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California Ski Resort Changes Name After Consulting With Local Native American Groups

By Associated Press

Aug 26, 2020

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Regional tribes have been pushing for a name change for some time.

AP Photo / Haven Daly

Regional tribes have been pushing for a name change for some time.

A new name for the Sierra Nevada resort will be announced in 2021.

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California’s popular Squaw Valley Ski Resort will change its name because the word “squaw” is a derogatory term for Native American women, officials announced Tuesday. The site was the scene of the 1960 Winter Olympics.

The decision was reached after consulting with local Native American groups and extensive research into the etymology and history of the term “squaw,” said Ron Cohen, president and COO of Squaw Valley Alpine Meadows.

The word “squaw,” derived from the Algonquin language, may have once simply meant “woman.” But over generations, the word morphed into a misogynist and racist term to disparage Indigenous women.

“While we love our local history and the memories we all associate with this place as it has been named for so long, we are confronted with the overwhelming evidence that the term ‘squaw’ is considered offensive,” Cohen said.

Work to find a new name will start immediately and is expected to be announced next year, he said.

When settlers arrived in the 1850s in the area where the Sierra Nevada resort is now located, they first saw only Native American women working in a meadow. The land near Lake Tahoe was believed to have been given the name Squaw Valley by those early settlers.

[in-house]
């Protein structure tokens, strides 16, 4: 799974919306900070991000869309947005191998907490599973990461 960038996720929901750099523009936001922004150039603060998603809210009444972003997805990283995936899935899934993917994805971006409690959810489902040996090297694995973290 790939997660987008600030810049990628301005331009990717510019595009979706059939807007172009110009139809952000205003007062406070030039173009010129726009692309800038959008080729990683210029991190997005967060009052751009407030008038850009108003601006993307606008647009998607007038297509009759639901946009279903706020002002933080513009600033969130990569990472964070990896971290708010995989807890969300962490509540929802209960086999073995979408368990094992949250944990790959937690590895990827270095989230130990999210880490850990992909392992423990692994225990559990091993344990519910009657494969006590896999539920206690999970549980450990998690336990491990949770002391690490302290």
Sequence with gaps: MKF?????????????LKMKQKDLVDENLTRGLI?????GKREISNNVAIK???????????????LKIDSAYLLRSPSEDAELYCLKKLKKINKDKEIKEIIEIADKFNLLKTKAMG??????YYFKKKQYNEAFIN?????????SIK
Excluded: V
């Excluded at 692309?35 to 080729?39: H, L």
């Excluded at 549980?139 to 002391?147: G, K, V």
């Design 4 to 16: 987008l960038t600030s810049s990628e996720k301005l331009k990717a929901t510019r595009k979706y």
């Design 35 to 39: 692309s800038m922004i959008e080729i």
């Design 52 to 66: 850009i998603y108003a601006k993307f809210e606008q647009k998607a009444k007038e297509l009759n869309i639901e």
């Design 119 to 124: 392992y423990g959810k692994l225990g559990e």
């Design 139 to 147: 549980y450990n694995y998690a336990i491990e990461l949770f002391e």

Regional California tribes have asked for the name of the resort to be changed numerous times over the years.

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The renaming is one of many efforts across the nation to address racial discrimination, colonialism, and Indigenous oppression, including the removal of statues of Christopher Columbus, a symbol to many of European colonization and the death of native people.

A growing number of brands are rethinking their marketing in the wake of the Black Lives Matter protests triggered by the May killing of George Floyd in Minneapolis.

Last month, the Washington NFL franchise announced it was dropping the “Redskins” name and Indian head logo, bowing to recent pressure from sponsors and decades of criticism that they are offensive to Native Americans.

In June, Quaker Oats announced that it will retire the Aunt Jemima brand, saying the company recognizes the character’s origins are “based on a racial stereotype.”

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